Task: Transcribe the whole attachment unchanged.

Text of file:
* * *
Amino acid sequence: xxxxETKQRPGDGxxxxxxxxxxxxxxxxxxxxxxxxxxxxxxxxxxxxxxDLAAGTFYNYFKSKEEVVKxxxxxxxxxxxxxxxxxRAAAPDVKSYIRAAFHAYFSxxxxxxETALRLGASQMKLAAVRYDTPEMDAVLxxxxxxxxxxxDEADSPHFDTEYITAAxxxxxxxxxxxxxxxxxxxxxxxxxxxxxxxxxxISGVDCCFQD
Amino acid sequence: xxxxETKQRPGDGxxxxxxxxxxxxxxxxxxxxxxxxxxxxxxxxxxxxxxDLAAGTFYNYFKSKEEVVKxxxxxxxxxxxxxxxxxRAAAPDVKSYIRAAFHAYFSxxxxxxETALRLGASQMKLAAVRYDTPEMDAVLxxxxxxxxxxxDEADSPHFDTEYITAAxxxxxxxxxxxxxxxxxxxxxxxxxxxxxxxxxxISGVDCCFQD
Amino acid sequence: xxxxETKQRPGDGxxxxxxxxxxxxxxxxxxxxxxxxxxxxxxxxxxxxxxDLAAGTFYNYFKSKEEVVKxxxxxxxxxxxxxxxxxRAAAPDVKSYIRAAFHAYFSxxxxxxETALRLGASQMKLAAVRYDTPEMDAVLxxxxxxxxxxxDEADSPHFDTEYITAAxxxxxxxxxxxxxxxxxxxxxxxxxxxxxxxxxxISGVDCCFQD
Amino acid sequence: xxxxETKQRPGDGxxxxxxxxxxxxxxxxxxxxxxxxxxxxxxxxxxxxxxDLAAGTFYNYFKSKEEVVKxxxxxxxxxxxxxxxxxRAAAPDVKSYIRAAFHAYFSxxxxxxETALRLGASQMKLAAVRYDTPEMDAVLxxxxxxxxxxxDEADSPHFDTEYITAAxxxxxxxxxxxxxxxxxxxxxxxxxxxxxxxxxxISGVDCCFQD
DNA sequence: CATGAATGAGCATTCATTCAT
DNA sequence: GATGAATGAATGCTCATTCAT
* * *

Amino acid sequence: xxxxETKQRPGDGxxxxxxxxxxxxxxxxxxxxxxxxxxxxxxxxxxxxxxDLAAGTFYNYFKSKEEVVKxxxxxxxxxxxxxxxxxRAAAPDVKSYIRAAFHAYFSxxxxxxETALRLGASQMKLAAVRYDTPEMDAVLxxxxxxxxxxxDEADSPHFDTEYITAAxxxxxxxxxxxxxxxxxxxxxxxxxxxxxxxxxxISGVDCCFQD
Amino acid sequence: xxxxETKQRPGDGxxxxxxxxxxxxxxxxxxxxxxxxxxxxxxxxxxxxxxDLAAGTFYNYFKSKEEVVKxxxxxxxxxxxxxxxxxRAAAPDVKSYIRAAFHAYFSxxxxxxETALRLGASQMKLAAVRYDTPEMDAVLxxxxxxxxxxxDEADSPHFDTEYITAAxxxxxxxxxxxxxxxxxxxxxxxxxxxxxxxxxxISGVDCCFQD
Amino acid sequence: xxxxETKQRPGDGxxxxxxxxxxxxxxxxxxxxxxxxxxxxxxxxxxxxxxDLAAGTFYNYFKSKEEVVKxxxxxxxxxxxxxxxxxRAAAPDVKSYIRAAFHAYFSxxxxxxETALRLGASQMKLAAVRYDTPEMDAVLxxxxxxxxxxxDEADSPHFDTEYITAAxxxxxxxxxxxxxxxxxxxxxxxxxxxxxxxxxxISGVDCCFQD
Amino acid sequence: xxxxETKQRPGDGxxxxxxxxxxxxxxxxxxxxxxxxxxxxxxxxxxxxxxDLAAGTFYNYFKSKEEVVKxxxxxxxxxxxxxxxxxRAAAPDVKSYIRAAFHAYFSxxxxxxETALRLGASQMKLAAVRYDTPEMDAVLxxxxxxxxxxxDEADSPHFDTEYITAAxxxxxxxxxxxxxxxxxxxxxxxxxxxxxxxxxxISGVDCCFQD
DNA sequence: CATGAATGAGCATTCATTCAT
DNA sequence: GATGAATGAATGCTCATTCAT